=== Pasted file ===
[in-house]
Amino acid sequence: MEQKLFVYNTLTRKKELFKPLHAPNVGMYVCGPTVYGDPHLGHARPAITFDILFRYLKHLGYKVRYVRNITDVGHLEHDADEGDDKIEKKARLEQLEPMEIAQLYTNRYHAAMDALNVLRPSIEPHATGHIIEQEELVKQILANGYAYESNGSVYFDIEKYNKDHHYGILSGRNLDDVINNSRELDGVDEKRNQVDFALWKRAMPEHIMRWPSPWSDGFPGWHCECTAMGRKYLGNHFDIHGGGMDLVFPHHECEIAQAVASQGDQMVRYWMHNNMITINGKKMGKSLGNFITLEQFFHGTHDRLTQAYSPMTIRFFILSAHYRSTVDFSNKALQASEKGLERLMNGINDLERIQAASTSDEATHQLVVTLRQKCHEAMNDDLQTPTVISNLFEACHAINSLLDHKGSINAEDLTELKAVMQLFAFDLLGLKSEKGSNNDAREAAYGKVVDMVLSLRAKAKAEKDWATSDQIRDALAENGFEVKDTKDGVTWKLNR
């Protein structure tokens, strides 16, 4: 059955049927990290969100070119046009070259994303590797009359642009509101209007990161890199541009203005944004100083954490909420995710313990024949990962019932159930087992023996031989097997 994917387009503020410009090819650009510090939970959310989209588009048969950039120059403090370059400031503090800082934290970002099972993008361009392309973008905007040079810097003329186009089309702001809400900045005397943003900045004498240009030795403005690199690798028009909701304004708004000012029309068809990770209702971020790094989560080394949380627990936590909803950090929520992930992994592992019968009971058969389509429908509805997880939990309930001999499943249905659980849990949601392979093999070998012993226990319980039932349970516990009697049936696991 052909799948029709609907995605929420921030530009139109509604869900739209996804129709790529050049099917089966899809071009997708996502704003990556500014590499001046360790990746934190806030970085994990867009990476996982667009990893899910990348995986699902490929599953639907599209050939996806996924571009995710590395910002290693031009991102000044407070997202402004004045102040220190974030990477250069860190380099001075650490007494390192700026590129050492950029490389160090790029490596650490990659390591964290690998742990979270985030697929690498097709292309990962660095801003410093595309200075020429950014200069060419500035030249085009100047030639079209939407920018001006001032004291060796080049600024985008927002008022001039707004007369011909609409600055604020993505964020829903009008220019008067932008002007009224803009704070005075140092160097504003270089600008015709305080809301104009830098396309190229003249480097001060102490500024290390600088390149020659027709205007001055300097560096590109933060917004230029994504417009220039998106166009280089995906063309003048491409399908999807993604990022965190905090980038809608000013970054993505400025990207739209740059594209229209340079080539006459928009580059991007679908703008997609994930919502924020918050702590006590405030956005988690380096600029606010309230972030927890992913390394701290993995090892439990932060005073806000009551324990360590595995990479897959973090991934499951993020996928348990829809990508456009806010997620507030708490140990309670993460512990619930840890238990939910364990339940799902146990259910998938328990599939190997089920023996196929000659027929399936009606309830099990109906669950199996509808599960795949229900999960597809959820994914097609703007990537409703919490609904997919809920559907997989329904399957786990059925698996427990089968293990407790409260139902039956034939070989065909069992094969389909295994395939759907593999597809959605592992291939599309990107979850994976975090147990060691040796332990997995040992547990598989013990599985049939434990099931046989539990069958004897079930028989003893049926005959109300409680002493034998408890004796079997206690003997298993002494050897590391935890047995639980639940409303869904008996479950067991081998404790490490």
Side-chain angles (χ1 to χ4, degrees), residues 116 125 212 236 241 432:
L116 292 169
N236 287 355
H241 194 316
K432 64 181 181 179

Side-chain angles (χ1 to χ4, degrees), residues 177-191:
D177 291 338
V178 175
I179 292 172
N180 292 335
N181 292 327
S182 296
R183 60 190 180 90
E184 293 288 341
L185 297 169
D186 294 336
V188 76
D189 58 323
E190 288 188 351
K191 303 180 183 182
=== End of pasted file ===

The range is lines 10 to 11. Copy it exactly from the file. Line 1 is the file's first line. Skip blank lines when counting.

D177 291 338
V178 175